Review of Liza Mundy’s “Code Girls: The Untold Story of the American Women Code Breakers of World War II”

tags: book review, Liza Mundy, Code Girls

Kathryn Smith is the author of “The Gatekeeper: Missy LeHand, FDR and the Untold Story of the Partnership that Defined a Presidency” (Touchstone).

Even before the Japanese attack on Pearl Harbor on December 7, 1941, the U.S. Navy had realized its intelligence operation was woefully inadequate. The Navy needed code-breakers, what are more formally known as cryptanalysts, and it began recruiting them … at the elite women’s colleges of the Northeast.

After the attack, the need became even more pressing, and the U.S. Army jumped on board. Between them, the two services—which were so competitive one wonders at times who they considered the true enemy in World War II—recruited more than 10,000 women to work at its top-secret code-breaking operations in Washington, D.C. Their story is told for the first time by journalist Liza Mundy in Code Girls: The Untold Story of the American Women Code Breakers of World War II (Hatchette Books). Of the 20,000 code-breakers in both services, more than half were women.

Mundy’s book is a welcome addition to the ranks of recent books revealing the crucial supportive work of women in war and peace, including Denise Kiernan’s The Girls of Atomic City, about the women who worked on the Manhattan Project in Oak Ridge, Tennessee, and Margot Lee Shetterly’s Hidden Numbers, about the black women mathematicians at NASA.

While the Navy recruited at Wellesley and the other “fancy women’s colleges of the Northeastern Seaboard,” Mundy writes, the Army “sent recruiters to teaching colleges, far humbler institutions, throughout the South and Midwest.” For example, Winthrop College in South Carolina sent dozens of its graduates who had taken classes in cryptanalysis without knowing the classes were being used by the military to scout talent.

Both services were looking for women with high aptitude in science, math, languages, and music, all skills that suited them to the intense mind-work of analyzing strings of numbers for patterns. They also wanted women of “character and loyalty and grit,” and women who could keep their mouths shut about what they were doing. They all signed secrecy oaths and couldn’t discuss their work even with other women with whom they worked.

Mundy interviewed more than twenty of these “code girls” for her book. Some of them came to Washington as civilians working for the Army at a former women’s college in Arlington, Virginia called Arlington Hall, which it converted into its code-breaking nerve center. Others worked as civilians for the Navy or, more often, joined the WAVES, an acronym for Women Accepted for Volunteer Emergency Service. The Navy took over another women’s college, Mount Vernon Seminary, in Northwest Washington, which it re-named the Navy Communications Annex.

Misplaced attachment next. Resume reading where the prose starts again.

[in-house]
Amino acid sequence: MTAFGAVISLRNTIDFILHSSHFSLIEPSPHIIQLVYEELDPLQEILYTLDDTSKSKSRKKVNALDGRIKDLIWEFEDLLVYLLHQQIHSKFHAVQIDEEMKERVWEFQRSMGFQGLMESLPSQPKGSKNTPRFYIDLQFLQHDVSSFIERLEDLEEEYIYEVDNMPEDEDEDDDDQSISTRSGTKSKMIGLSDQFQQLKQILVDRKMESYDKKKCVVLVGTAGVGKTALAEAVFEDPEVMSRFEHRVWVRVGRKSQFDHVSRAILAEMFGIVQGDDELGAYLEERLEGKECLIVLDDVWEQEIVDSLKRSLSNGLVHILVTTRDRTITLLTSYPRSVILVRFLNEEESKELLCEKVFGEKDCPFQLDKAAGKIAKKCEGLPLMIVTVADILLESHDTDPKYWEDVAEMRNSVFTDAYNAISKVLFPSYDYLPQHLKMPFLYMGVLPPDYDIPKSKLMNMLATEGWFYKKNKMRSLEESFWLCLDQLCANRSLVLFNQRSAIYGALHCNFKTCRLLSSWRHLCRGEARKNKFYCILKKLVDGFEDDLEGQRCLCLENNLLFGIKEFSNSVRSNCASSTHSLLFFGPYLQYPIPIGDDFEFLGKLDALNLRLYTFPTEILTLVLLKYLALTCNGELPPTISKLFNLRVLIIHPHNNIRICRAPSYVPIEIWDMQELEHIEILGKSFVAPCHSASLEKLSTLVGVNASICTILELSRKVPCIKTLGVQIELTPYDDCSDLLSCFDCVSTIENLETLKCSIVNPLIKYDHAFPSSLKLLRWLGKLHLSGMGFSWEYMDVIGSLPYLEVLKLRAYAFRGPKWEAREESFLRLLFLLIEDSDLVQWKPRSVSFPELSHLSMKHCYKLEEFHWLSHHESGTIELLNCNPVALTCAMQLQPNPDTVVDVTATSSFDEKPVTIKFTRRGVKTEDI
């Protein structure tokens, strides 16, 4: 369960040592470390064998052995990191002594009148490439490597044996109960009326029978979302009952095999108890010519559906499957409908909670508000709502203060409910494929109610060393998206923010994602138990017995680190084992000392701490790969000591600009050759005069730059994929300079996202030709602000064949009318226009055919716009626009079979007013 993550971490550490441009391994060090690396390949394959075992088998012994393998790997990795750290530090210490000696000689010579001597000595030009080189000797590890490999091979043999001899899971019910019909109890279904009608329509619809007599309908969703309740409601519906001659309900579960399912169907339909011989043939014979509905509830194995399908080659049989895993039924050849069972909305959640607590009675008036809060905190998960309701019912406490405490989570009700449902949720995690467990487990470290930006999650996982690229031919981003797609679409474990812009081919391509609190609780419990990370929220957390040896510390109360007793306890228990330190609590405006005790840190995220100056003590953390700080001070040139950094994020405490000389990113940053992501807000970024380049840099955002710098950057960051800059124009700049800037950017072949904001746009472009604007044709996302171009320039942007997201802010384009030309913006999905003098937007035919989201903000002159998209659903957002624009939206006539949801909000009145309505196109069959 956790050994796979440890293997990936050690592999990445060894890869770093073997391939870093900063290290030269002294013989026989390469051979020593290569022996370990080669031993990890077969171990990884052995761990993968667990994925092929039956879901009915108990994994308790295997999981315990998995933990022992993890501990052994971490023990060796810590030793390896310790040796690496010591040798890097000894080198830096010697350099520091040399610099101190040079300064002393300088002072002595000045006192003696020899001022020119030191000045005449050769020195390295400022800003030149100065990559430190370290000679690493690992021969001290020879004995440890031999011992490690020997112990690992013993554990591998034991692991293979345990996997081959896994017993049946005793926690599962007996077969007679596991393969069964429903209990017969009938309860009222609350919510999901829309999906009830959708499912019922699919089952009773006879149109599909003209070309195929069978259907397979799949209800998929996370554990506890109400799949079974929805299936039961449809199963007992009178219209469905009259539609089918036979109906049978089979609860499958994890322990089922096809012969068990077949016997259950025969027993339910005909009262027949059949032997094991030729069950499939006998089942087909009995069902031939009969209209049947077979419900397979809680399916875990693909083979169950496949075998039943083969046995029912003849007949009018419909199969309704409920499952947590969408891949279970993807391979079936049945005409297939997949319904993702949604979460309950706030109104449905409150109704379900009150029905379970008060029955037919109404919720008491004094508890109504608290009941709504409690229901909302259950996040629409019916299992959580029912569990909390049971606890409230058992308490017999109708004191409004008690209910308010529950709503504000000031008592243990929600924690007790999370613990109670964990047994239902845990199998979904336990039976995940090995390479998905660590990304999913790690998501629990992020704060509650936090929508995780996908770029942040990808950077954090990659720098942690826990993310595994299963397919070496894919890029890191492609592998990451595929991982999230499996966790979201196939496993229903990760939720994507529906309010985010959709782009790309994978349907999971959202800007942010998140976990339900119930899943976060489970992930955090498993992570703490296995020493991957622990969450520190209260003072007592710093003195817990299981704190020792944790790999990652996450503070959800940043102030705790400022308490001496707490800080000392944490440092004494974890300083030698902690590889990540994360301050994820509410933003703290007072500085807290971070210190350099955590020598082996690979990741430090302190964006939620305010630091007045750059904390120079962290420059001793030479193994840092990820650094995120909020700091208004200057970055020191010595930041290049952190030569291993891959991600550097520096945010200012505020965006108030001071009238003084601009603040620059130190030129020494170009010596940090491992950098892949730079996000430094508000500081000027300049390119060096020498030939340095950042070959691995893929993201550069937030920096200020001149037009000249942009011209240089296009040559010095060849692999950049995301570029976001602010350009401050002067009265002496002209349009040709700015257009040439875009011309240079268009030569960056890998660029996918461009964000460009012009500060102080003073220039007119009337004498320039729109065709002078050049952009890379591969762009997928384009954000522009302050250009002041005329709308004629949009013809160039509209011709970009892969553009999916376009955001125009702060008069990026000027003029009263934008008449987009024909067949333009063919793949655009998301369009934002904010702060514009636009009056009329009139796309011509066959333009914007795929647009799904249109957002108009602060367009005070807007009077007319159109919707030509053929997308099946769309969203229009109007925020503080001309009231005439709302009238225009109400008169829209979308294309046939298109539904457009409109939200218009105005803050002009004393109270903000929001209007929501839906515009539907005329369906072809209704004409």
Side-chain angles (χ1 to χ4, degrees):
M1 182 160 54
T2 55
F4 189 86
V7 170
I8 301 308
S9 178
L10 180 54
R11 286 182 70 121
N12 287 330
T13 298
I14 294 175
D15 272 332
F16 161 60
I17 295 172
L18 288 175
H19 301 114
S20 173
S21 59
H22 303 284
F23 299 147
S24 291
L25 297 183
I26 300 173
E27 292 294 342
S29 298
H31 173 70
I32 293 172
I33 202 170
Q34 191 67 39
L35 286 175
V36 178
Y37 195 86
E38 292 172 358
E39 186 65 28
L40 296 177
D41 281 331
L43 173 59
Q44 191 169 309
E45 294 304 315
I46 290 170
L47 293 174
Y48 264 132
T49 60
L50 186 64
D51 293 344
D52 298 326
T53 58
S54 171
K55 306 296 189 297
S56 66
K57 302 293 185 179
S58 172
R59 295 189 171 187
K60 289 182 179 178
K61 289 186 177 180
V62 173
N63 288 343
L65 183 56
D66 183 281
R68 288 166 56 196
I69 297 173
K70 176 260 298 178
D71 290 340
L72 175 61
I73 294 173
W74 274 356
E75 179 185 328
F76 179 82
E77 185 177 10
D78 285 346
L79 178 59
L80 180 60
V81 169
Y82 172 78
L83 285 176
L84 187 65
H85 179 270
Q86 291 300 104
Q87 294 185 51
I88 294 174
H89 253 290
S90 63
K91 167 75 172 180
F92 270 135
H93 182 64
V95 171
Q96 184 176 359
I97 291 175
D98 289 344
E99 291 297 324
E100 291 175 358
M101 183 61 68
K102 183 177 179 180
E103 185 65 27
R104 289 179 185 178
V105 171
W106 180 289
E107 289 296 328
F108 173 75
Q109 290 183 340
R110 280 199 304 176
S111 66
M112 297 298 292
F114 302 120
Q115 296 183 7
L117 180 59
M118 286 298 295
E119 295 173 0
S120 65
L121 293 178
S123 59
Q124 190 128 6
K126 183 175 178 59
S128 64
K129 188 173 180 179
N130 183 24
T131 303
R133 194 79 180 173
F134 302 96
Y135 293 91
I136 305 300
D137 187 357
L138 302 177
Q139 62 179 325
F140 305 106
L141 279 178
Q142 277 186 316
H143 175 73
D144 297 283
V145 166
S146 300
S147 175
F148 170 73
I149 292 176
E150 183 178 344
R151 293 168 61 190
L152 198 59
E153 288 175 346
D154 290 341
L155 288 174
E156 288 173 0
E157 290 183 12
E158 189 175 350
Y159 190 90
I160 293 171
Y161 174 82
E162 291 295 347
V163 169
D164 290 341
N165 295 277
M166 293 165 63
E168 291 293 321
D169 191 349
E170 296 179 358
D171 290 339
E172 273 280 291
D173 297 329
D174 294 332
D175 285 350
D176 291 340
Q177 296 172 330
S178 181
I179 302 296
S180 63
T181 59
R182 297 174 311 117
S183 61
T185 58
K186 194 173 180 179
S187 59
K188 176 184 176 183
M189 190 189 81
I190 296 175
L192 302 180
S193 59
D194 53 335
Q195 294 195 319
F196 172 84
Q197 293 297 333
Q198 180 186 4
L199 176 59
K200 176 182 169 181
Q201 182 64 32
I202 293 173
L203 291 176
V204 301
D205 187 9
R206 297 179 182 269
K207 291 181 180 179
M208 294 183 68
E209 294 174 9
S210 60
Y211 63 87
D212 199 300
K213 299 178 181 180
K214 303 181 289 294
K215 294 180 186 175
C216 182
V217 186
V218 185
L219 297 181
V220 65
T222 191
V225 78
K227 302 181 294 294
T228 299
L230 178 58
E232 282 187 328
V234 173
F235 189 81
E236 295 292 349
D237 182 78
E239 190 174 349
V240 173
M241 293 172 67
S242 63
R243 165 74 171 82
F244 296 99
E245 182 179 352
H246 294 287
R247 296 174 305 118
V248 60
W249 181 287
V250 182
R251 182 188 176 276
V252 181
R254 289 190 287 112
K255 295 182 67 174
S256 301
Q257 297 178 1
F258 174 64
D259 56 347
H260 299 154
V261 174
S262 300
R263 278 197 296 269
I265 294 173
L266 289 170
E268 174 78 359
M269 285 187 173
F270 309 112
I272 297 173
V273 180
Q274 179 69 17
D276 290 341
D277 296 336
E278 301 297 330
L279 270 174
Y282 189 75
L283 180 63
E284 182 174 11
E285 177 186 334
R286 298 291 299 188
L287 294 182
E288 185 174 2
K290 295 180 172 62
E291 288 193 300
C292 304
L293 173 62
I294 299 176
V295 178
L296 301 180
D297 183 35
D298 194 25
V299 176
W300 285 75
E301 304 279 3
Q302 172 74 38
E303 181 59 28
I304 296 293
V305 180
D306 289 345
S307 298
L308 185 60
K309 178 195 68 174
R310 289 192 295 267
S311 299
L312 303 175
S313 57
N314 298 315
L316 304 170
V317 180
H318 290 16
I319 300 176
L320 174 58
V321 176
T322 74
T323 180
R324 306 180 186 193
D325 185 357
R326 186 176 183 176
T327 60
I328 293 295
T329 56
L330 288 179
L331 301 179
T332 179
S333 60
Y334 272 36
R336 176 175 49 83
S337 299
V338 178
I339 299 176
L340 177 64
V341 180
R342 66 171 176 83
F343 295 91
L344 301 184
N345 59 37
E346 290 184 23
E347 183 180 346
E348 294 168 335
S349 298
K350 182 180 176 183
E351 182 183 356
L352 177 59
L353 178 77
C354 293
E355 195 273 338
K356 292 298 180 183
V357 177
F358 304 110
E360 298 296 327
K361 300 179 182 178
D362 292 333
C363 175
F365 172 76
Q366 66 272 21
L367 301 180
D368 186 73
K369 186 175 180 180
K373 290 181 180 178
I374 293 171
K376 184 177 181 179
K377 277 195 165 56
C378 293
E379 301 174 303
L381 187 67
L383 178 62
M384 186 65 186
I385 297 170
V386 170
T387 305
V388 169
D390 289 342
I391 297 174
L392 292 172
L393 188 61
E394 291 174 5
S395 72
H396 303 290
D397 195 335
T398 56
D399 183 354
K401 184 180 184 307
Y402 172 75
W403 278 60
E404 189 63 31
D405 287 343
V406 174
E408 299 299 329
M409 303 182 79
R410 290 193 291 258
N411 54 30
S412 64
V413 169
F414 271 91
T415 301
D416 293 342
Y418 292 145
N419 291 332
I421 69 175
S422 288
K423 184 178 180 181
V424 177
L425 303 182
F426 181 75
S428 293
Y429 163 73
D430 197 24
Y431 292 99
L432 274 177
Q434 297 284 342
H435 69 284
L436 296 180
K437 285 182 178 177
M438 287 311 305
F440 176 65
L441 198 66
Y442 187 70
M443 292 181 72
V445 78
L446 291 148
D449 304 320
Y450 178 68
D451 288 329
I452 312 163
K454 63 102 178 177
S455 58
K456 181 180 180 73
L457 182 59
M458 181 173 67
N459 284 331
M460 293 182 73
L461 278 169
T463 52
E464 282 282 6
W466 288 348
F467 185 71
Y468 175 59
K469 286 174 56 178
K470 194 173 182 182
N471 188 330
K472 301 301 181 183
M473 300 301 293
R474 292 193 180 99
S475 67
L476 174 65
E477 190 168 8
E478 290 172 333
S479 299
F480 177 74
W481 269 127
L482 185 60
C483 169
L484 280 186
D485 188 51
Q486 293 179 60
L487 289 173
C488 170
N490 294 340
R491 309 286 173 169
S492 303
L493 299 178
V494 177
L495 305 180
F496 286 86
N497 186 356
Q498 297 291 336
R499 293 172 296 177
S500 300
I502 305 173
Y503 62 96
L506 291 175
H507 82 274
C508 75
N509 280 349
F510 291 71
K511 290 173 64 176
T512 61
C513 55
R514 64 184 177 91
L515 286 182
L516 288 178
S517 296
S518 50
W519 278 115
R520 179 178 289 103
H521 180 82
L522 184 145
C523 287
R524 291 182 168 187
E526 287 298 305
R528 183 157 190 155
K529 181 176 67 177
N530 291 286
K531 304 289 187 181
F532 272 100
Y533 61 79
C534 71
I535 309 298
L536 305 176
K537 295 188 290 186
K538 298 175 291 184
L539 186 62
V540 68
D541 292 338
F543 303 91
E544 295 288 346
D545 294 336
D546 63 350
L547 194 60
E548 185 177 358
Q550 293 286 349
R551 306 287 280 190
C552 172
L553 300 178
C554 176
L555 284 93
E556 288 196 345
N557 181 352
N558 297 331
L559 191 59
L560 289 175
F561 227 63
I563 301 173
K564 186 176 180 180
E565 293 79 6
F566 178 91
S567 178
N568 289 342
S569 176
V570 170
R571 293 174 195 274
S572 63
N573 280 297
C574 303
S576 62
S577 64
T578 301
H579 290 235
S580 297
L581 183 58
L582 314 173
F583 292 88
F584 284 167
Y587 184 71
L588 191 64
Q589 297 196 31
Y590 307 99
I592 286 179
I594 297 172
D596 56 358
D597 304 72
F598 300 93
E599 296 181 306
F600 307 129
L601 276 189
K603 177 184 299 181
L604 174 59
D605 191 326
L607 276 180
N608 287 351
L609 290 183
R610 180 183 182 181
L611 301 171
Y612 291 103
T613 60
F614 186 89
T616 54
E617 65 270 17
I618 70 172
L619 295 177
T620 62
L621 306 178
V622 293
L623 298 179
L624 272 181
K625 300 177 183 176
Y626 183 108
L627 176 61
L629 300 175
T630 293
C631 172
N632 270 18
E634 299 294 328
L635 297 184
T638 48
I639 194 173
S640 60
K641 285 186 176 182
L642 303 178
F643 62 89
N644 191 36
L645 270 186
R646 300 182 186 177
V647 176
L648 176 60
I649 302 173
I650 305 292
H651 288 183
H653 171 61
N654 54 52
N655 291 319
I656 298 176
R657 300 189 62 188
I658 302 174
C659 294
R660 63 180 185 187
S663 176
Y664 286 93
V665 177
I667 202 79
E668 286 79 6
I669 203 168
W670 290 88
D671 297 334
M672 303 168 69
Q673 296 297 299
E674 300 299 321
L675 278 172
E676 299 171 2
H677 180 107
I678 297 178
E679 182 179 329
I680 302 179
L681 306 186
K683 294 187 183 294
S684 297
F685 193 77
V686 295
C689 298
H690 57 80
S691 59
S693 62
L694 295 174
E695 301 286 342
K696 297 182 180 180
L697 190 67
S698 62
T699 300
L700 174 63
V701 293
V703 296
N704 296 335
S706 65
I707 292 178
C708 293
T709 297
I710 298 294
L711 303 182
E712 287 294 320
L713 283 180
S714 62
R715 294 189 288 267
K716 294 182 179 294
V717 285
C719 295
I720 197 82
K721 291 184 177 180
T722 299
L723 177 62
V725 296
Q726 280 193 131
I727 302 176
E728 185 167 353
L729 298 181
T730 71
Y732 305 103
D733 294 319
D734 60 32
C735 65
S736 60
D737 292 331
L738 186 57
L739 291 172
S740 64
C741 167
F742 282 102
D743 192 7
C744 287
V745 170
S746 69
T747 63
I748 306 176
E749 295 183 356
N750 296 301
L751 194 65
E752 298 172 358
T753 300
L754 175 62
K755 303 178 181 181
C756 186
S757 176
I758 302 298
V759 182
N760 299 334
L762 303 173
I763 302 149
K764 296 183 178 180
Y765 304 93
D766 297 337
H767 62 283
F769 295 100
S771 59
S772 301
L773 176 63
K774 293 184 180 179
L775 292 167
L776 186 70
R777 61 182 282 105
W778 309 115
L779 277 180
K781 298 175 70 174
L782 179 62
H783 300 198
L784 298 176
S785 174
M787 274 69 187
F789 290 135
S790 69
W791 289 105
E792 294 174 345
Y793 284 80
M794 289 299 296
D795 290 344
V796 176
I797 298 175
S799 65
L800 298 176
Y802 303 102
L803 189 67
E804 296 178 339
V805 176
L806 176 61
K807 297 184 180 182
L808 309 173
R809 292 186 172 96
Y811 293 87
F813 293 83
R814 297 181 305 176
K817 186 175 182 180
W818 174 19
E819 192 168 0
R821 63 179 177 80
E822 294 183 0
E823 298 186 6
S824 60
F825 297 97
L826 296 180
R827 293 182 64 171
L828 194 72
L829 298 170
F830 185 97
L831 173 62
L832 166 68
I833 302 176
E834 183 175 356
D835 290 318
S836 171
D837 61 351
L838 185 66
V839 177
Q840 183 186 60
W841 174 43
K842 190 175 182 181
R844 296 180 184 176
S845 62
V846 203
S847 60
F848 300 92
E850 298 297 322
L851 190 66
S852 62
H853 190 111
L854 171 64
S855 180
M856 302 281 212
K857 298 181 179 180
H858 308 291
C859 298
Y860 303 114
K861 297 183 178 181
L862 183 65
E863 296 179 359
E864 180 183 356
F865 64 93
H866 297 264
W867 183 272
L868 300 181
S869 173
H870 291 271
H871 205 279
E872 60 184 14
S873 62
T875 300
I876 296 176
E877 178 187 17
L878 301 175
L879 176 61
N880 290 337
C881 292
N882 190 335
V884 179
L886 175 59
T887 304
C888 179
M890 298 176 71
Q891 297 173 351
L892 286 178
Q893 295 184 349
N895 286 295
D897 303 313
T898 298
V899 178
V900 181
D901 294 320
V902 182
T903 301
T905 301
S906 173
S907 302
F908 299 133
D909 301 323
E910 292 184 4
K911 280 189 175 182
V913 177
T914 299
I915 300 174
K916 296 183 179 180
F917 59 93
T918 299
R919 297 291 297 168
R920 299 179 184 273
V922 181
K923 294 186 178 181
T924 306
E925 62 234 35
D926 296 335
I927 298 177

Many of these women, especially at Arlington Hall, were small-town girls who had never ventured far from home. Many had brothers or boyfriends serving in the armed forces, and wanted to do their part to bring them home safely. They faced long hours, crowded living conditions, condescension and sexual harassment. The nature of the work drove some of its most gifted practitioners to nervous breakdowns.

Mundy writes: “It was boring, tedious work, except when it wasn’t.” When a cryptanalyst was able to decipher a crucial message, she might be providing the Navy with the intelligence it needed to sink a Japanese convoy. The work done prior to D-Day helped divert the Germans’ attention from Normandy—and the analysis of German messages, thanks to the breaking of the Enigma machine by British and American intelligence, let them know the Germans had been fooled.

Most of the code girls in the book said working in Washington during the war was the most exciting time of their lives. Mundy’s lively descriptions of their experiences add levity to the pages of the book that explain the work they did. (Readers who aren’t mathematically inclined may want to skip those pages. Denise Kiernan’s approach, alternating sections on living at Oak Ridge with the science of the atomic bomb, was a more palatable one for this reader.)

The code girls who are living today, like the boys who went off to war, are in their late 80s and 90s. Liza Mundy’s book is a fitting tribute to these unsung heroines, whose work saved many American lives and undoubtedly shortened the war.

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